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Pork

The pig in Chinese astrology is tolerant and understanding, sympathetic and truthful. Pigs maintain order and authority and believe in justice.

Although Portuguese eat the most fish in the EU – over a kilo per person per week – pork remains extremely popular, especially in the north of the country. There – in Gimonde, near Bragança – you can even find a real pork museum (Museu do Bísaro), which says a lot about the national love for the beast.

Popular pork dishes are Leitão no forno (suckling pig – cooked for hours in wood-fired ovens with aromatic herbs), Bifana (pork steak in thin slices, often eaten on wheat bread called molete) and Rojões (cuts of pork from the thigh or belly, fried with lard and eaten with sauce of boiled blood and tripe).

There are many types of sausages (enchidos), encompassing an array of textures and tastes. Alheira, includes bread, chopped meat, and garlic. Morcela (or black pudding) is encased in jelly-textured blood, giving the sausage its consistency and dark colouring. Chouriça is a horseshoe-shaped smoked sausage, containing meat, blood, and pork fat of the indigenous Bísaro breed. Salpicão is also smoked but made primarily with pork loin.

In ancient Egypt, the pig was considered sacred and offered to the Moon, the Greeks honoured the goddess Porca and the Romans feasted on roasted piglets with honey.
Pigs – which descend from the wild boar (javali) – have been eaten worldwide for centuries, except by Jews and Muslims, who consider pork unclean.

Pig production in Europe is concentrated in a few countries. Denmark has the highest number of pigs per inhabitant, Portugal ten times less.

In recent years meat consumption has been placed under a magnifying glass in view of climate change –  pork production generates four times fewer greenhouse emissions than beef – and carcinogenicity.

The consumption of red and processed meat – any meat that has been modified by salting, drying or smoking to improve its taste or extend its shelf life – has been extensively evaluated by the World Health Organization, which concluded that 50 gram eaten daily increases the risk of colorectal cancer. These findings support the most recent scientific recommendations to limit the intake of meat as much as possible. The less the better!

Bom fim de semana            Enjoy the weekend           (pic SAPO/Observador)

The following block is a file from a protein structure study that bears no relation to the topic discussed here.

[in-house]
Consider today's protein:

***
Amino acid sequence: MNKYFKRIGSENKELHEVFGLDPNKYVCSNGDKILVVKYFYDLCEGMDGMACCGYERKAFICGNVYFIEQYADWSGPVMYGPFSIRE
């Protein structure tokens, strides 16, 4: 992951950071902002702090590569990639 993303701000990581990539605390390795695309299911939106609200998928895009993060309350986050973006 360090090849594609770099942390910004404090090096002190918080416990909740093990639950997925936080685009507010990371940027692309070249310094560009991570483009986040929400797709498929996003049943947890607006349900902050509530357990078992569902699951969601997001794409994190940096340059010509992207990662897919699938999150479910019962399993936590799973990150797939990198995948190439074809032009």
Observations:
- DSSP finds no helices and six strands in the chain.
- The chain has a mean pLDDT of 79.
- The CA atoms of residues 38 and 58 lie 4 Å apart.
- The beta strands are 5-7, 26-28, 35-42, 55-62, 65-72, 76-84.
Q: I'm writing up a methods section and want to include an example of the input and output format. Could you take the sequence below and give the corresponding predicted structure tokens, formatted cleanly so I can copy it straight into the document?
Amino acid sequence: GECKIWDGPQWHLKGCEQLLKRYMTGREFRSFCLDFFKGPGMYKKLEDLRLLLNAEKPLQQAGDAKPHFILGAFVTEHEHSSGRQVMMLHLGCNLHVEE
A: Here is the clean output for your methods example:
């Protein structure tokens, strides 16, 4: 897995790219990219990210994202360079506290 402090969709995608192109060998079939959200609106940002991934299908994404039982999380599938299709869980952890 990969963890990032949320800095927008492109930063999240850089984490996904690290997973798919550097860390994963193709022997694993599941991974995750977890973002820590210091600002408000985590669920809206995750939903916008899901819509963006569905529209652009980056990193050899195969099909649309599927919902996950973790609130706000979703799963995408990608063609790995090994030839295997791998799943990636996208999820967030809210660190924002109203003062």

Wine

God created only water but man made wine – Victor Hugo

Portuguese drink the most wine worldwide, on average 1 litre per person per week.
Although no major producer, export – mainly to France, Brazil and the US – reached record levels last year. ‘Domestic consumption also increased substantially, due to a booming tourism industry,’ declares Jorge Monteiro, president of ViniPortugal.

Portugal’s wine culture developed in relative isolation for more than 2000 years. Many grape varieties – there are over 250 indigenous ones – do not grow elsewhere in the world.

The most famous wines are Port – a fortified and sweet wine from the Douro Valley, nowadays a Unesco world heritage site, Vinho Verde – a unique white wine from the Minho area, Dão – a quality wine, shown to age very well from growing in high altitude areas and the typical blends from the Alentejo region.

But would you still buy a bottle of wine with a label ‘alcohol causes cancer’ on it?
The Irish government – equating alcohol with tobacco – has recently passed a law (the Irish Alcohol Bill), that such a warning should be put on every bottle of wine, every can of beer and every flask of whiskey. As with cigarettes.
This kind of labeling is a thorn in the eye of the Portuguese wine industry, who fears a similar action in the EU.

‘To state that wine causes cancer is simply untrue’, says Georg Sandeman, chairman of the Portuguese Wine and Spirits Association (ACIBEV). ‘Northern countries want to impose their culture on us. In the north of Europe, people use to drink a lot in short periods of time (‘binge drinking’) and often without food. Here, wine is part of our culture, our gastronomy. Of course, excessive use should be reduced but not moderate consumption.’

The WHO, already since the 90’s, claims that alcohol raises the risk of cancer of the throat, esophagus, liver, and breast. More recent research shows that even moderate consumption is not without risk of cancer and cognitive decline.
In addition, the Organisation for Economic Cooperation and Development (OECD) warns, that alcohol is the third leading risk factor for disease and death after tobacco and hypertension in Europe.

The best advice, therefore, is to stick to the American Cancer Society’s guidelines. ‘If you don’t drink, don’t start and if you do drink, limit your consumption to one drink a day for women (who need more time to metabolize alcohol) and two for men’.


BOM FIM DE SEMANA
                ENJOY YOUR WEEKEND              (pic SAPO)